Nowadays, European cars are pricing themselves down. With new product development and the amortisation of technology spurring affordability, $50,000 can either put you into an upper-spec medium SUV of the mainstream variety, or as we’re about to analyse, a premium mid-tier small SUV.
The Volvo XC40 and Mini Countryman are both against-the-grain alternatives to the standard premium jobbies from Mercedes-Benz, BMW and Audi.
NOTE: A new-look Countryman range has been revealed and will arrive in Australia later this year. For the purposes of this review, however, we have focused on the current in-market model.
The pair to compare
Price and features
The Volvo Inscription, which represents the cheapest all-wheel-drive offering by Volvo, starts from $51,990 before on-roads. The Countryman Cooper S, arguably on the upper end of the product scale, will set you back $49,200 before taxes and fees, but lacks the Volvo's all-wheel-drive underpinnings.
Not taking options and other gear into account, $2790 falls in favour of the Mini. Without adding layers of complexity, it is the cheaper car. However, as two mid-tier European products, both cars are riddled with options and packages that can inflate costs.
Before we get to that, standard fare in the Volvo includes adaptive cornering LED headlights, partial leather seats with electric driver’s adjustment and lumbar support, ‘driftwood’ door inlays, auto-dimming side and interior mirrors, 9.0-inch touchscreen infotainment system with DAB and navigation, as well as keyless entry and a power tailgate. Reasonably well equipped, then.
But what about the Mini? In standard form, the seats are faux leather with manual adjustment. The screen measures a pip smaller at 8.8 inches, but also features navigation as standard. There’s the same keyless entry and a power tailgate as the Volvo, as well. It goes as far as to one-up the Volvo by including self-parking as standard, which is optional equipment on the XC40.
However, there are a few important misses with the Mini when grilled, such as the lack of auto-dimming side mirrors, as well as auto-dimming interior mirror. Also, the Mini’s headlights are full LED, but only feature a static cornering light compared to Volvo's adaptive beam system.
Finally, as far as big-ticket items go, gracing the Volvo are 19-inch wheels, while the Mini has 18-inch items.
That makes the Volvo slightly better equipped overall, and usefully so by including helpful gear such as auto-dimming interior and side mirrors, as well as electric seats with memory, which the Mini does not.
Both cars are quite spacious inside, despite the Volvo carrying some 12cm of additional length compared to the Mini.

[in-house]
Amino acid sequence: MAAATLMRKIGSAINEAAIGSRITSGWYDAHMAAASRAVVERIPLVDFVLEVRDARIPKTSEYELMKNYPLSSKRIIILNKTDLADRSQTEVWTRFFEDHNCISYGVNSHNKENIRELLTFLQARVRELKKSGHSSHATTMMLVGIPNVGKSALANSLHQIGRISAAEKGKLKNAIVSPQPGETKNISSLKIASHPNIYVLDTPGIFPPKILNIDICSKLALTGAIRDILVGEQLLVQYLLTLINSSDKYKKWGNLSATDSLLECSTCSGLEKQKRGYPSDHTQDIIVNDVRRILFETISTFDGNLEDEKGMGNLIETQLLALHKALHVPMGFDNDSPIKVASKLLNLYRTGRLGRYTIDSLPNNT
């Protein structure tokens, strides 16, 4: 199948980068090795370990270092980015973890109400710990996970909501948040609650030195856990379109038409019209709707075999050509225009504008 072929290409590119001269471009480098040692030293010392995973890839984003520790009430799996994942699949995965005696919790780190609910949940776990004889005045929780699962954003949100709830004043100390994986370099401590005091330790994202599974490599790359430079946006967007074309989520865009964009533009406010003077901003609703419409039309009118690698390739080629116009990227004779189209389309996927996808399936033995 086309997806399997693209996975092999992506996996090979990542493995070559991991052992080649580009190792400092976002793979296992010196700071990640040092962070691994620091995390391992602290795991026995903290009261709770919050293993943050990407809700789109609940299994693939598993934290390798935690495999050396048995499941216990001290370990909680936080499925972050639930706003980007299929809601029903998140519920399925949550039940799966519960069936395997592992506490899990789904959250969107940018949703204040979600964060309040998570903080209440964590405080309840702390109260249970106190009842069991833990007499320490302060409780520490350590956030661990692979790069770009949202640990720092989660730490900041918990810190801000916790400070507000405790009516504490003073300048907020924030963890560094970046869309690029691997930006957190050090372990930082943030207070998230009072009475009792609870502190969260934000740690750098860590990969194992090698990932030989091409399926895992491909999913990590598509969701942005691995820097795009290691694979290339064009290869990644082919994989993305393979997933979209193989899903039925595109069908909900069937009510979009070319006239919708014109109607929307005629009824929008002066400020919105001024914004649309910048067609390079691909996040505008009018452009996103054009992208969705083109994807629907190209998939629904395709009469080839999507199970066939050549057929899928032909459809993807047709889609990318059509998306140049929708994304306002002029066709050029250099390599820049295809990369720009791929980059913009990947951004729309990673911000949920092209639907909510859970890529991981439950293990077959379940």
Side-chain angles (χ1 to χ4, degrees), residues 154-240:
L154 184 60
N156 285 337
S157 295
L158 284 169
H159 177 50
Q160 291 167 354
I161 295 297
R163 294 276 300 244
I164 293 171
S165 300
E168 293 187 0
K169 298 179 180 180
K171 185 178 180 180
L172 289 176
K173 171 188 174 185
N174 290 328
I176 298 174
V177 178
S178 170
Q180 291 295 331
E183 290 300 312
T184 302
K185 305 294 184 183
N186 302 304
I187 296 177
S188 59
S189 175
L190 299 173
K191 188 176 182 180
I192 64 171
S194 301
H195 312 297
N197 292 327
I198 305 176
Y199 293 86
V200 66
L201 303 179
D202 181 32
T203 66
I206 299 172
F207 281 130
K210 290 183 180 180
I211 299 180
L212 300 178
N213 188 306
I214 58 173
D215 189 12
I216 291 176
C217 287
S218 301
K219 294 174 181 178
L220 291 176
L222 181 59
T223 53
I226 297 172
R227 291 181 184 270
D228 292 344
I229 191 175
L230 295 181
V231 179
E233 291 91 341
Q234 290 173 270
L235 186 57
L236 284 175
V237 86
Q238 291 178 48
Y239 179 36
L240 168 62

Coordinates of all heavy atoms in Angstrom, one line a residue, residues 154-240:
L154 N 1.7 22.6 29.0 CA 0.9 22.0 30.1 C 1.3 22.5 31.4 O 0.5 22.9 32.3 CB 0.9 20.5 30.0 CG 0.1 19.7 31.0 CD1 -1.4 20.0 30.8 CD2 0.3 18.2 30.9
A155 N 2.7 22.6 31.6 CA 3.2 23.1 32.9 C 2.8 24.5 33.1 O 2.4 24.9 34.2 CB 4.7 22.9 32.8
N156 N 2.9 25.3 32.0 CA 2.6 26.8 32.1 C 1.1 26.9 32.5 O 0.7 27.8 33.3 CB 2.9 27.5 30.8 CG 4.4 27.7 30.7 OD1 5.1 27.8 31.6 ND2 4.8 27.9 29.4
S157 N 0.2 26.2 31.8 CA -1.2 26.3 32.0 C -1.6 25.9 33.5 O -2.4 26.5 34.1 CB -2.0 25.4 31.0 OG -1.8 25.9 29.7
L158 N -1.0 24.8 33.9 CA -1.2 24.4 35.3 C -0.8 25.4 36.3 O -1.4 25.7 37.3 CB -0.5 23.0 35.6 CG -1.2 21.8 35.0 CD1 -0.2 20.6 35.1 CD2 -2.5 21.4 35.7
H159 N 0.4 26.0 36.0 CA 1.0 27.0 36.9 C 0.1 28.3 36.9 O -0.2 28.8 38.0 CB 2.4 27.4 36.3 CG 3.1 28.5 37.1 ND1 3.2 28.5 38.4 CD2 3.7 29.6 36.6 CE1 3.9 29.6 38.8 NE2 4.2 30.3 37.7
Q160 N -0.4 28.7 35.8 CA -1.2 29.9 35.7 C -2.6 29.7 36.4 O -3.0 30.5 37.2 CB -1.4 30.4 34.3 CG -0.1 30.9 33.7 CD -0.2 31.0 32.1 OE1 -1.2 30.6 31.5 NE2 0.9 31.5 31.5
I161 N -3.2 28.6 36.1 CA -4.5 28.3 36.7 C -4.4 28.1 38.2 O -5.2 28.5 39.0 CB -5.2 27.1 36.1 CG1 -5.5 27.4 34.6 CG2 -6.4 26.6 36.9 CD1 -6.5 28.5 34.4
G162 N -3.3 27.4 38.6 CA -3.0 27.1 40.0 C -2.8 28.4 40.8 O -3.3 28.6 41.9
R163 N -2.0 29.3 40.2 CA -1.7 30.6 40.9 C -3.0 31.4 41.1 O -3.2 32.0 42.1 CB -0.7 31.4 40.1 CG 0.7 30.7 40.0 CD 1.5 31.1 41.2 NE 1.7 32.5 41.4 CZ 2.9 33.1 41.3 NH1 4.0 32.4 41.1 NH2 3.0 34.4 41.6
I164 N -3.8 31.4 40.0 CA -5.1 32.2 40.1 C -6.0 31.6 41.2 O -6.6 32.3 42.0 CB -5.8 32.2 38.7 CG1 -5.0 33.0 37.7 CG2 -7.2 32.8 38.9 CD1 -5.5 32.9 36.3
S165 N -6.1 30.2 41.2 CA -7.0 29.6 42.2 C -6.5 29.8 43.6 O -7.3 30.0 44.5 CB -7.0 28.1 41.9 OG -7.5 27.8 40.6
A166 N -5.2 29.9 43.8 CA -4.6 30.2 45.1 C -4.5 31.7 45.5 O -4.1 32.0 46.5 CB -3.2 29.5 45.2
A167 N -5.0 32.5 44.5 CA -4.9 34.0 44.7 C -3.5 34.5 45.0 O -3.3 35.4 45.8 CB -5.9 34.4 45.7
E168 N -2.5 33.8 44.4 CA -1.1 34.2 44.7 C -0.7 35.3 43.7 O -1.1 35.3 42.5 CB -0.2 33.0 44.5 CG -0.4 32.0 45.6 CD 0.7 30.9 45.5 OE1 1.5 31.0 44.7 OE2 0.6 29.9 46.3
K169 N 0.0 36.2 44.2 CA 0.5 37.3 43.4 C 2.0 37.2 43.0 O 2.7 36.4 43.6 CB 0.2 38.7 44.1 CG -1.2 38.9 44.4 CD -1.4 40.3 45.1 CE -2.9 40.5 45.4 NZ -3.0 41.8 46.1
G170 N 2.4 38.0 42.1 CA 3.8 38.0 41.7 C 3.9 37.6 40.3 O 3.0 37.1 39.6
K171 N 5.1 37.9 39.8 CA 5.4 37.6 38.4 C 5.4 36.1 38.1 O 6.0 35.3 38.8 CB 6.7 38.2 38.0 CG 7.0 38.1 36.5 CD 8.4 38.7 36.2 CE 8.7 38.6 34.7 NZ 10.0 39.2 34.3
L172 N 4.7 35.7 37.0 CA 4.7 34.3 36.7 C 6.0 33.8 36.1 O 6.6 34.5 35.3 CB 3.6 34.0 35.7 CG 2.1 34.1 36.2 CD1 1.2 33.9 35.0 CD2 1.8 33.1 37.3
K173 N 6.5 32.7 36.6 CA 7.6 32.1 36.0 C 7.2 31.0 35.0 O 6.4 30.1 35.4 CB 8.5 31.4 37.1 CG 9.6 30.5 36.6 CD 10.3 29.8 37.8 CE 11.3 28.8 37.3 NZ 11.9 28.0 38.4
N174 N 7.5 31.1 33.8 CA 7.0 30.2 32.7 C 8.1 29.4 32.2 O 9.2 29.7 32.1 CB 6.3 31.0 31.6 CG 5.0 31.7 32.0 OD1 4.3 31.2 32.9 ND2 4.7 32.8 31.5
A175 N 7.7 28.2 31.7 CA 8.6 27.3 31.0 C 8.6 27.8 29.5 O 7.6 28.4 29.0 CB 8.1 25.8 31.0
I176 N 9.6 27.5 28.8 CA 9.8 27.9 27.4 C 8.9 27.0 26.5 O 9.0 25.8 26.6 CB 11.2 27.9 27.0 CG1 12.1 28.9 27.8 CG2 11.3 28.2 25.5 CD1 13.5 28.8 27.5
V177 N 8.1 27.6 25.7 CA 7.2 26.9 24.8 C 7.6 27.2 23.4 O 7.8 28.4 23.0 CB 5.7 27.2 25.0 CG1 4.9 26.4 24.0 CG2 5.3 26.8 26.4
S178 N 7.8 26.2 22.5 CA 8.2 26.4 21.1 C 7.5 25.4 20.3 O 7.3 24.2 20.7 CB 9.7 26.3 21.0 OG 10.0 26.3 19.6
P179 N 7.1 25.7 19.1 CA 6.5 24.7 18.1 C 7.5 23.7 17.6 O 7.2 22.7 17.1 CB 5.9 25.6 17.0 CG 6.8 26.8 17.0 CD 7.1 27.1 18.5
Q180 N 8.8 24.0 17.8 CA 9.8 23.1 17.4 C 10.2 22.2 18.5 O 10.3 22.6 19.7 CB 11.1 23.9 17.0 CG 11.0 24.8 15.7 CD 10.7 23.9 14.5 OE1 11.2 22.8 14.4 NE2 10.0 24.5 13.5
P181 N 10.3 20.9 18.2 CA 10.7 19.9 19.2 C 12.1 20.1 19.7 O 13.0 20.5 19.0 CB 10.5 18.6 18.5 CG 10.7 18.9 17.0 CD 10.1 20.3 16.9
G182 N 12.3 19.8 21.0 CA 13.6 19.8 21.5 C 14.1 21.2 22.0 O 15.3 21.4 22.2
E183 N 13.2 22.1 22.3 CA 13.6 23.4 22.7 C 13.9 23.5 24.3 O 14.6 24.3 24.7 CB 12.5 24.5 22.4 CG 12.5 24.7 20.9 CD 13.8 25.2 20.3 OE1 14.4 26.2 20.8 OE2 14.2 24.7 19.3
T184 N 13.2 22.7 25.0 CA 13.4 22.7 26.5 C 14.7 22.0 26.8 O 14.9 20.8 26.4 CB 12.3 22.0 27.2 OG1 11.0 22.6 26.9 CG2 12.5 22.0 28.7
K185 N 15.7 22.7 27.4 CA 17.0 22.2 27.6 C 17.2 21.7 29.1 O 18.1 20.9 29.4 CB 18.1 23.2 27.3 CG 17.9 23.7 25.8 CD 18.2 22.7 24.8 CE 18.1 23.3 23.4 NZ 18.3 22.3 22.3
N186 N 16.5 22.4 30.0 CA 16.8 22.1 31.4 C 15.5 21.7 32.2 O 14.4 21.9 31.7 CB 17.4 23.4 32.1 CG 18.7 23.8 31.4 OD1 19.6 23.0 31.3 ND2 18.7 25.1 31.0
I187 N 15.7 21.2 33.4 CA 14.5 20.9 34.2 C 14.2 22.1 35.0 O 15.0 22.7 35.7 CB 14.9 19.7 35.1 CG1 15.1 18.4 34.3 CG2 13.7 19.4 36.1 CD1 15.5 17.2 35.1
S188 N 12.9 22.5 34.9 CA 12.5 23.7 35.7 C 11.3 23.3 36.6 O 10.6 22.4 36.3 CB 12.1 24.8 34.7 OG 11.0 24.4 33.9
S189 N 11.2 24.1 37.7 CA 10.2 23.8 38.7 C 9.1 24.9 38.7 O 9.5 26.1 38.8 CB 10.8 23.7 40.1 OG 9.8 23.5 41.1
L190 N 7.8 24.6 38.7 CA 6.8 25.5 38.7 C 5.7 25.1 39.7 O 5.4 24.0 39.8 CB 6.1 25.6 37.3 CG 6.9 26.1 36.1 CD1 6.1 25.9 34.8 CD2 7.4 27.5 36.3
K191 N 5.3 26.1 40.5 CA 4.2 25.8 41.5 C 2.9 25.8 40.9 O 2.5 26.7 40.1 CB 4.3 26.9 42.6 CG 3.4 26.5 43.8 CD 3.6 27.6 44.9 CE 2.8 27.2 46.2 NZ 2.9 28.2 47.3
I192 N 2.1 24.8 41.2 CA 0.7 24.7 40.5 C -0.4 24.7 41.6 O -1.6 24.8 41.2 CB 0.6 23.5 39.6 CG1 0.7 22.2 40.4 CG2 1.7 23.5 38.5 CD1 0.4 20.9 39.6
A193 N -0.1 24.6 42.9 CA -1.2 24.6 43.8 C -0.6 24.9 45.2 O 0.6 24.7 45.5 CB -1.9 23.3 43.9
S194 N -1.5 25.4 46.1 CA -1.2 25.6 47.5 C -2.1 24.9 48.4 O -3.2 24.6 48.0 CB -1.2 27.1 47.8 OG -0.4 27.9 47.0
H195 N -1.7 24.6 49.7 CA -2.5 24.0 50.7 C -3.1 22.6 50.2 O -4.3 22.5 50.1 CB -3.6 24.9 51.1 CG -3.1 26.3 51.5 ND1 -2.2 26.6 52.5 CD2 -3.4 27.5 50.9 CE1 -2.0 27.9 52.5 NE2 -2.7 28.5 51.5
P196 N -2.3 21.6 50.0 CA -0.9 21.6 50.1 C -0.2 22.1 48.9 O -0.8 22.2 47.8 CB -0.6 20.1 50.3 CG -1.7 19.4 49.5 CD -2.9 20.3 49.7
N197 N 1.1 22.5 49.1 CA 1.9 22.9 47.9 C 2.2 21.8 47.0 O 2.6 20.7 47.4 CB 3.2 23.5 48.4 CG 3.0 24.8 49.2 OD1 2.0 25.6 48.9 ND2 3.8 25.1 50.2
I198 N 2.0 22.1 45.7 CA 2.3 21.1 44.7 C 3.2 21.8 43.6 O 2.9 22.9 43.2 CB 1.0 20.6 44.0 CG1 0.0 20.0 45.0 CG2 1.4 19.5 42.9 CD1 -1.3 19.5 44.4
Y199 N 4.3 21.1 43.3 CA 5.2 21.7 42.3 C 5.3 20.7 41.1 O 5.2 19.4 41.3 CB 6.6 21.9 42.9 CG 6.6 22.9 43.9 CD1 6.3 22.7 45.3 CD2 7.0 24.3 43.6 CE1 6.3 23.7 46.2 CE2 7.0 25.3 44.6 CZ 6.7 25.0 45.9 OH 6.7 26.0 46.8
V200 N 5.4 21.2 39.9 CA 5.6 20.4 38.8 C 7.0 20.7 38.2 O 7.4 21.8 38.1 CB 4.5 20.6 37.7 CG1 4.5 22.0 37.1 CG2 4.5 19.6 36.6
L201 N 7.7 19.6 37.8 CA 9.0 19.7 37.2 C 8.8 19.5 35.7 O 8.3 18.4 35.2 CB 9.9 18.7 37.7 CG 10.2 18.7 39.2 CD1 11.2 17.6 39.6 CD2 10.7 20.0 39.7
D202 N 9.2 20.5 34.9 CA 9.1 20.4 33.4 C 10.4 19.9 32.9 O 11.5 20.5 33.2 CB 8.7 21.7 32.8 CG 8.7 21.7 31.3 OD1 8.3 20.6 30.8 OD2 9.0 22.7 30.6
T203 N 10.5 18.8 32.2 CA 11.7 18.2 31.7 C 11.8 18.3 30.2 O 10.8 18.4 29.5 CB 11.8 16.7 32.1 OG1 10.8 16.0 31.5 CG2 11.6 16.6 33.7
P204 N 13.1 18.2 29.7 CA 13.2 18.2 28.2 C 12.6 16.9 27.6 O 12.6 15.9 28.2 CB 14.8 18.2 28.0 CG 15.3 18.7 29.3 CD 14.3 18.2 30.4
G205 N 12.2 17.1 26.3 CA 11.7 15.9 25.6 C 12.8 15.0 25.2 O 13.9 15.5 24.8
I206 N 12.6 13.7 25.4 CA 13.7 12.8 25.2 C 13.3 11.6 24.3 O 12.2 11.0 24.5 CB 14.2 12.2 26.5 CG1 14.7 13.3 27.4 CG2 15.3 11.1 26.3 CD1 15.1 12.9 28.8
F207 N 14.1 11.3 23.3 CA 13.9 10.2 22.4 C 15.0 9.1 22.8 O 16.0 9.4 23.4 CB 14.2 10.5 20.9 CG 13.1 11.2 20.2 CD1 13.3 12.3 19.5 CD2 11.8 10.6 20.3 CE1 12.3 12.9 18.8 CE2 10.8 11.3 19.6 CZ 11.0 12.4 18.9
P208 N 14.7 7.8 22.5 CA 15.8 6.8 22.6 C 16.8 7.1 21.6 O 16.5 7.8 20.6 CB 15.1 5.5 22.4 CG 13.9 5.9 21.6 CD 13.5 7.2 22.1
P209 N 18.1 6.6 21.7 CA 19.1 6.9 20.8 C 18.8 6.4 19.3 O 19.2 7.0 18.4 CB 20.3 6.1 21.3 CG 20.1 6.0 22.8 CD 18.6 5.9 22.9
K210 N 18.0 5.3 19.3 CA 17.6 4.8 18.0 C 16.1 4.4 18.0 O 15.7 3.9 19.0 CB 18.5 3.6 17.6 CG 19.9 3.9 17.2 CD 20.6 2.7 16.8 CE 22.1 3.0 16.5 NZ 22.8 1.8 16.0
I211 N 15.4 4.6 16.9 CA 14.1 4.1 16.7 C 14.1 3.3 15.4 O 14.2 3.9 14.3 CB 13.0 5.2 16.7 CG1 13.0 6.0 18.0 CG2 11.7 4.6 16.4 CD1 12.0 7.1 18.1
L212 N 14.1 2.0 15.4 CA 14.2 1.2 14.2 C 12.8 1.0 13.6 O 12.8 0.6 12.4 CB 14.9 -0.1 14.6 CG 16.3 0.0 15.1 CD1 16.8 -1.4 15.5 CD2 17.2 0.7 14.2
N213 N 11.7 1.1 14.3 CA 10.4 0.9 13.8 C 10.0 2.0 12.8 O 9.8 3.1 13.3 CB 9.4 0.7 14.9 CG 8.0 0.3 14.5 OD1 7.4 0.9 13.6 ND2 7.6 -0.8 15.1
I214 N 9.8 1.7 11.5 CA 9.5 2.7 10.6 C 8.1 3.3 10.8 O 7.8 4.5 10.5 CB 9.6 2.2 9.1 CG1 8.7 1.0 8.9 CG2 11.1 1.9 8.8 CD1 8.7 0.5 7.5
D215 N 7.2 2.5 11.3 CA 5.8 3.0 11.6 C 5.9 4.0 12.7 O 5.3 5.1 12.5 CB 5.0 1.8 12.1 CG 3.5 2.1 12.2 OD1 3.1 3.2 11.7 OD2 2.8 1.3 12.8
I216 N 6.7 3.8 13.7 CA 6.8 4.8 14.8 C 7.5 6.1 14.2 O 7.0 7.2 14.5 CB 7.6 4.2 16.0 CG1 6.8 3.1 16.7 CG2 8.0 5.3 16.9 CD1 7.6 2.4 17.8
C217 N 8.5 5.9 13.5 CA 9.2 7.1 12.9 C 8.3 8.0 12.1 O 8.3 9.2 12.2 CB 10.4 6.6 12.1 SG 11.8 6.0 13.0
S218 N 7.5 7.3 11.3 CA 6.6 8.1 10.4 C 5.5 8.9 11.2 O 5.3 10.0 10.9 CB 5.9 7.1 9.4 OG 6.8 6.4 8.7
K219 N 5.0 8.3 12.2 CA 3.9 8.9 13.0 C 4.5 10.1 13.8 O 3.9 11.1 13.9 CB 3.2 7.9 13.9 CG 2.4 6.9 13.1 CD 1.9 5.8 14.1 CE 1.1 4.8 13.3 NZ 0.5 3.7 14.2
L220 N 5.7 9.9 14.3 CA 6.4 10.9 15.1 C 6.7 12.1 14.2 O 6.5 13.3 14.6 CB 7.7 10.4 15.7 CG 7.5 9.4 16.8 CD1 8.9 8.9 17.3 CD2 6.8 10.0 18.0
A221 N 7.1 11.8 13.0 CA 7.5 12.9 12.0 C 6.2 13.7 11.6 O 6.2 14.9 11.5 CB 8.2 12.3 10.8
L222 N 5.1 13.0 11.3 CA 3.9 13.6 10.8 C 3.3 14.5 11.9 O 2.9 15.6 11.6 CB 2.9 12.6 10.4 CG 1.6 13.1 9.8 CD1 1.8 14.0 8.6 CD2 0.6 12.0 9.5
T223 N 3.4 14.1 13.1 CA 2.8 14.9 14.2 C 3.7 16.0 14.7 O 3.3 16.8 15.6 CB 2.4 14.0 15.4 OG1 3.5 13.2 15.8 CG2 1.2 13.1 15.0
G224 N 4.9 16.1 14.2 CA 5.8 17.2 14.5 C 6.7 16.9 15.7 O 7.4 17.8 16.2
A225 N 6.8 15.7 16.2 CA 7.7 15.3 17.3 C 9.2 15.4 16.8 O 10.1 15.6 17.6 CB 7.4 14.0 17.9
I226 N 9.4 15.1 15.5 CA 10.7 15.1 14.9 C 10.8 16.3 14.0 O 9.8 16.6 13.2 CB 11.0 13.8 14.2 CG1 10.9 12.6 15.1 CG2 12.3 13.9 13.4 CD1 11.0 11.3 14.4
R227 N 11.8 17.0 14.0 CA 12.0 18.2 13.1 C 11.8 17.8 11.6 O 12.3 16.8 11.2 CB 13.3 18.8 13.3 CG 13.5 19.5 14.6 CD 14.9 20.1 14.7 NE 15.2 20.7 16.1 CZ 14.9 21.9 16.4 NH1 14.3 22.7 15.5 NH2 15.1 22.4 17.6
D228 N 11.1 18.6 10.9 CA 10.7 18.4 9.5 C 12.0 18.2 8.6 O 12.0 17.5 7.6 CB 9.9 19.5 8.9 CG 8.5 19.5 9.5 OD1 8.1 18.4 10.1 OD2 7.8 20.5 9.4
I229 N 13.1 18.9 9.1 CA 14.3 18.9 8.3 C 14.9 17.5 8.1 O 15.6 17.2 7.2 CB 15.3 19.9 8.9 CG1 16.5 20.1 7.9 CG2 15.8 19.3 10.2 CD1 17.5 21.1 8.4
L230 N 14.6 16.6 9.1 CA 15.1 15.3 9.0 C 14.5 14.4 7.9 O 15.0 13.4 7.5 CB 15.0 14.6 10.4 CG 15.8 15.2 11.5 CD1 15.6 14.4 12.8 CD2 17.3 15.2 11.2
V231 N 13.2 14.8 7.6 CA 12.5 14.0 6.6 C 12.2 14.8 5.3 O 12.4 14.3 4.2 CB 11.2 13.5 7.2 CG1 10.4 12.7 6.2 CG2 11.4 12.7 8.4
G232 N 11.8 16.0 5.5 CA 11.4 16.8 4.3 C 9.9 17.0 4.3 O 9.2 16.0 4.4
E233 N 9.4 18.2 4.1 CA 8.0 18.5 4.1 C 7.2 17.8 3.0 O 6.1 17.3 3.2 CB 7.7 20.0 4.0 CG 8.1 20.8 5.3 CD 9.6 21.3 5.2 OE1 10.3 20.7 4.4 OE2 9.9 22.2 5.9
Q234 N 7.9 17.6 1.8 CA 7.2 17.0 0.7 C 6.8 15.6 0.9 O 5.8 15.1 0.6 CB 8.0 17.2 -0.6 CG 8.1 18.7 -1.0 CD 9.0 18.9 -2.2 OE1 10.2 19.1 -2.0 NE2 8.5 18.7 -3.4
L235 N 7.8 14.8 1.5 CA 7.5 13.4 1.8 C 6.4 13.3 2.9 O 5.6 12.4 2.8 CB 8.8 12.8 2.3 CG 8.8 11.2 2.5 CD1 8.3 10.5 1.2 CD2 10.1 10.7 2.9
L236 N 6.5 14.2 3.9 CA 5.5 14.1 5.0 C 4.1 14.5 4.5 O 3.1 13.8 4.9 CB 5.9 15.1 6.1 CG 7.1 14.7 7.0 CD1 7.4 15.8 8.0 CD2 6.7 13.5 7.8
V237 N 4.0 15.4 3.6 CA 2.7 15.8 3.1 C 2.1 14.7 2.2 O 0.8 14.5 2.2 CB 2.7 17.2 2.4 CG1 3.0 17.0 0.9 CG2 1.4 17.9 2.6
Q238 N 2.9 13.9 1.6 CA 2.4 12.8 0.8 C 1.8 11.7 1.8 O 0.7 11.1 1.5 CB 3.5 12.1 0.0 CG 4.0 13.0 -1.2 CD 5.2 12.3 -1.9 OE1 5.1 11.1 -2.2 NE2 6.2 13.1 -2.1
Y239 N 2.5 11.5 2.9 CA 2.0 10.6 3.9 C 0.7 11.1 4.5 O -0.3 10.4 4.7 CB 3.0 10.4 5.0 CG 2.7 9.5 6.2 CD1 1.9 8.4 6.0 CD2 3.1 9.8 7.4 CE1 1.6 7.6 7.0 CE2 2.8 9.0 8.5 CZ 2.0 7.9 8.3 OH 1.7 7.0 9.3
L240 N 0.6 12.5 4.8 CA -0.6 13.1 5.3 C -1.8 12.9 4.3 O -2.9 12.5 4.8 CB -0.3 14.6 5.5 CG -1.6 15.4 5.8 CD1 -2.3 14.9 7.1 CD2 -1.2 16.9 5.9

Head room in the first row between the two is close enough to be identical, but the Volvo steps ahead a little in the second row by offering a bit more height. Space for your shoulders is more favourable in the Volvo, too, in both the first and second rows.
Interestingly, leg room changes things up a bit. They’re close enough again in the front, but the Mini sports more space for your legs in the second row, despite being noticeably shorter.
As for cargo-carrying capacity, it's close to even-stevens, with the Mini offering 450L and the Volvo 460L. However, the XC40 does claim to offer ergonomically smart storage spaces, such as deep door pockets with unobstructed access, which are handy to have.
As for design, they're polar opposites. The Volvo offers clean Scandinavian lines with its portrait-orientated infotainment system slightly skewed to face the driver. There's also a digital instrument cluster, which the Mini does not offer, even as an option.
There's a noticeable lack of buttons, with its pared-back approach meaning you have to use the touchscreen to control the intricacies of the vehicle's systems such as the air-conditioning, which can make it tricky to use while on the move.
The Mini is certainly more fun inside. Circles are the theme of the day, as opposed to the Volvo's dead-straight lines, and overall the cabin is in stark contrast to the Volvo's. Mini has also employed a BMW iDrive-style central command knob to control its infotainment system, which is simple and easy to use while driving. Air-conditioning controls also remain via dedicated switches.
Design aside, the digital instrument cluster in the Volvo is miles ahead of the rather quirky centre gauge stack that the Mini employs. The infotainment system also offers more real estate, and feels more premium in its layout and interface.